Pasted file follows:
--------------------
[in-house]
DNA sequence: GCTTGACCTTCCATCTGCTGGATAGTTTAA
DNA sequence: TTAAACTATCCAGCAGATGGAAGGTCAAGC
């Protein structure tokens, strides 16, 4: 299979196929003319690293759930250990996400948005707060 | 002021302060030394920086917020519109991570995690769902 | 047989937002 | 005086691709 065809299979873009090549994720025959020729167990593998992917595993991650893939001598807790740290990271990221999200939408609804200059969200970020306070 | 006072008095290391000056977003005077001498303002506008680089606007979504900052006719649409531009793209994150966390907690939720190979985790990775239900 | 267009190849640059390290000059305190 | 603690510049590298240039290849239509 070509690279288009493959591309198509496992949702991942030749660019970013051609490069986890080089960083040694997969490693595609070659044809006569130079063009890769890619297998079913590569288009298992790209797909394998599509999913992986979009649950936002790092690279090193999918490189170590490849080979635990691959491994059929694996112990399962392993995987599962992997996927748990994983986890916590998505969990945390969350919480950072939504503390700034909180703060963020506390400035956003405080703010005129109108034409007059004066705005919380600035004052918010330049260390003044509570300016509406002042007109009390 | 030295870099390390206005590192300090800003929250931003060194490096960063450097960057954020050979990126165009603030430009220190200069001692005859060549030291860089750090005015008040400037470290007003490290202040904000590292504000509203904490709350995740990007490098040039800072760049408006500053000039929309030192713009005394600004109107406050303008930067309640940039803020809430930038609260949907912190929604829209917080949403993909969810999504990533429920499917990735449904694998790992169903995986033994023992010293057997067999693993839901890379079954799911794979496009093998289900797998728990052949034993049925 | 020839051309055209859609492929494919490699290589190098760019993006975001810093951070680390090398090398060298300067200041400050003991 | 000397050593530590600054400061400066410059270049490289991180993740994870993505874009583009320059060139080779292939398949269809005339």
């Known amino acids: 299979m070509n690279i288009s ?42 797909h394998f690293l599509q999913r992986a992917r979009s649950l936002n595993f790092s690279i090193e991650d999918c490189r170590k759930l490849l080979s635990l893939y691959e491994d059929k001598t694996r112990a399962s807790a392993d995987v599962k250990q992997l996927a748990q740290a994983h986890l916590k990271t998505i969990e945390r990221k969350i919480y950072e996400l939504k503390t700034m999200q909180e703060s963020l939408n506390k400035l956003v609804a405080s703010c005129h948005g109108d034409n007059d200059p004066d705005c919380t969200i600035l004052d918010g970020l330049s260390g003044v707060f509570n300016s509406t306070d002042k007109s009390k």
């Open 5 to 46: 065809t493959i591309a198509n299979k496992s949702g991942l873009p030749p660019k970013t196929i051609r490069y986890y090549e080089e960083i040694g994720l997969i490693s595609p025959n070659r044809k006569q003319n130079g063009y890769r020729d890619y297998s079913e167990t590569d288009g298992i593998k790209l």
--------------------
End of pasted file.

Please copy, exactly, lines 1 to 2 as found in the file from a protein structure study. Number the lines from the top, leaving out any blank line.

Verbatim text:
[in-house]
DNA sequence: GCTTGACCTTCCATCTGCTGGATAGTTTAA